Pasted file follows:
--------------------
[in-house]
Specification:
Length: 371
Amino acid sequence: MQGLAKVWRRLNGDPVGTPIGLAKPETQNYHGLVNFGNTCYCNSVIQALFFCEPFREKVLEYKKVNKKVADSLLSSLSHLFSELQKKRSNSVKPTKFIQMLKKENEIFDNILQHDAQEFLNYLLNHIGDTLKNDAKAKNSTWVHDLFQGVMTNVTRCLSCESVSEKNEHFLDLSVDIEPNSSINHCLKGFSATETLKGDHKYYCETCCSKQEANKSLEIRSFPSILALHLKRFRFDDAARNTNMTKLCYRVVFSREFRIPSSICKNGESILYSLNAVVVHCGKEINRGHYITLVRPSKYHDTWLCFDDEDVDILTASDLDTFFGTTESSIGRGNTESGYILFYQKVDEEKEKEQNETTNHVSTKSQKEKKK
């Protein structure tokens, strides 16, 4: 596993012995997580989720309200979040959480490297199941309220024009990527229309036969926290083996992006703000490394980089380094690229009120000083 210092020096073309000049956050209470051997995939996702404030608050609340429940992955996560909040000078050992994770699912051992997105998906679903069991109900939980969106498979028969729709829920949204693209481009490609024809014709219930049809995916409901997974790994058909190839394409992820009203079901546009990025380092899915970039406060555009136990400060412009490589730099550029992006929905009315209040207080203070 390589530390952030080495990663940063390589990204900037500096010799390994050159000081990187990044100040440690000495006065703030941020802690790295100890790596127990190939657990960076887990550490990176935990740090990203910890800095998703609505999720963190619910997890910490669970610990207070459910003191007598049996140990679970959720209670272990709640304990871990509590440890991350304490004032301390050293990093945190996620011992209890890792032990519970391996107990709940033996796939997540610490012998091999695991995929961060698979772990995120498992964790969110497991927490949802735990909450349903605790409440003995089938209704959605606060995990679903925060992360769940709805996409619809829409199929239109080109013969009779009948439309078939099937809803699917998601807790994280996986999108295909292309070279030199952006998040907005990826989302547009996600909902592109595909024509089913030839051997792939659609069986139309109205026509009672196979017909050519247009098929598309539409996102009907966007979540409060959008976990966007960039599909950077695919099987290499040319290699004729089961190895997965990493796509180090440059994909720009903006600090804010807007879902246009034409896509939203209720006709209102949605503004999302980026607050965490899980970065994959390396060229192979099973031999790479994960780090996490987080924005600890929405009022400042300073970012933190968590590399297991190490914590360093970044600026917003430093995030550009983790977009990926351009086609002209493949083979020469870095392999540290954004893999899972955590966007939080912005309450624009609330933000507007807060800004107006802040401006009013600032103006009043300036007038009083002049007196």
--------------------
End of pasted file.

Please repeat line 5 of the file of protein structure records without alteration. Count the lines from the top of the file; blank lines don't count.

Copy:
């Protein structure tokens, strides 16, 4: 596993012995997580989720309200979040959480490297199941309220024009990527229309036969926290083996992006703000490394980089380094690229009120000083 210092020096073309000049956050209470051997995939996702404030608050609340429940992955996560909040000078050992994770699912051992997105998906679903069991109900939980969106498979028969729709829920949204693209481009490609024809014709219930049809995916409901997974790994058909190839394409992820009203079901546009990025380092899915970039406060555009136990400060412009490589730099550029992006929905009315209040207080203070 390589530390952030080495990663940063390589990204900037500096010799390994050159000081990187990044100040440690000495006065703030941020802690790295100890790596127990190939657990960076887990550490990176935990740090990203910890800095998703609505999720963190619910997890910490669970610990207070459910003191007598049996140990679970959720209670272990709640304990871990509590440890991350304490004032301390050293990093945190996620011992209890890792032990519970391996107990709940033996796939997540610490012998091999695991995929961060698979772990995120498992964790969110497991927490949802735990909450349903605790409440003995089938209704959605606060995990679903925060992360769940709805996409619809829409199929239109080109013969009779009948439309078939099937809803699917998601807790994280996986999108295909292309070279030199952006998040907005990826989302547009996600909902592109595909024509089913030839051997792939659609069986139309109205026509009672196979017909050519247009098929598309539409996102009907966007979540409060959008976990966007960039599909950077695919099987290499040319290699004729089961190895997965990493796509180090440059994909720009903006600090804010807007879902246009034409896509939203209720006709209102949605503004999302980026607050965490899980970065994959390396060229192979099973031999790479994960780090996490987080924005600890929405009022400042300073970012933190968590590399297991190490914590360093970044600026917003430093995030550009983790977009990926351009086609002209493949083979020469870095392999540290954004893999899972955590966007939080912005309450624009609330933000507007807060800004107006802040401006009013600032103006009043300036007038009083002049007196």